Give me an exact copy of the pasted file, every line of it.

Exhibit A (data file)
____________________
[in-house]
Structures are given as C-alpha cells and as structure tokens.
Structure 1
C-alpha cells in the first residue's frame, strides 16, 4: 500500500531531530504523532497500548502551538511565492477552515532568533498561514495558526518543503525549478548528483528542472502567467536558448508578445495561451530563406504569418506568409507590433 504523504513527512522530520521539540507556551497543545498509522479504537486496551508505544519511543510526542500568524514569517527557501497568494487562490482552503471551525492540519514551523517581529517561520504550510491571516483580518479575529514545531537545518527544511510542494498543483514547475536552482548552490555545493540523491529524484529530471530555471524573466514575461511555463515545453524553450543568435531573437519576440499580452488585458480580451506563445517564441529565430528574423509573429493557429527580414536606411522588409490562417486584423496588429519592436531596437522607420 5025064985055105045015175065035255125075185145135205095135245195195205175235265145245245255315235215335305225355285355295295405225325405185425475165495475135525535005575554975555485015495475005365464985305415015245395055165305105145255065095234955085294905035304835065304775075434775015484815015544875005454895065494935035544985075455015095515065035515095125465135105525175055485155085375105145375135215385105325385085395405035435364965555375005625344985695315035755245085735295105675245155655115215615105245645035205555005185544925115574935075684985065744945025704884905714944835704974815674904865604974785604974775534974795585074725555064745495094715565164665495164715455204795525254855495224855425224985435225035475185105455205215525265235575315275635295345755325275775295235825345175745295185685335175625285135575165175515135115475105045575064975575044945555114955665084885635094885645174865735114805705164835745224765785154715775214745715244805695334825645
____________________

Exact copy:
[in-house]
Structures are given as C-alpha cells and as structure tokens.
Structure 1
C-alpha cells in the first residue's frame, strides 16, 4: 500500500531531530504523532497500548502551538511565492477552515532568533498561514495558526518543503525549478548528483528542472502567467536558448508578445495561451530563406504569418506568409507590433 504523504513527512522530520521539540507556551497543545498509522479504537486496551508505544519511543510526542500568524514569517527557501497568494487562490482552503471551525492540519514551523517581529517561520504550510491571516483580518479575529514545531537545518527544511510542494498543483514547475536552482548552490555545493540523491529524484529530471530555471524573466514575461511555463515545453524553450543568435531573437519576440499580452488585458480580451506563445517564441529565430528574423509573429493557429527580414536606411522588409490562417486584423496588429519592436531596437522607420 5025064985055105045015175065035255125075185145135205095135245195195205175235265145245245255315235215335305225355285355295295405225325405185425475165495475135525535005575554975555485015495475005365464985305415015245395055165305105145255065095234955085294905035304835065304775075434775015484815015544875005454895065494935035544985075455015095515065035515095125465135105525175055485155085375105145375135215385105325385085395405035435364965555375005625344985695315035755245085735295105675245155655115215615105245645035205555005185544925115574935075684985065744945025704884905714944835704974815674904865604974785604974775534974795585074725555064745495094715565164665495164715455204795525254855495224855425224985435225035475185105455205215525265235575315275635295345755325275775295235825345175745295185685335175625285135575165175515135115475105045575064975575044945555114955665084885635094885645174865735114805705164835745224765785154715775214745715244805695334825645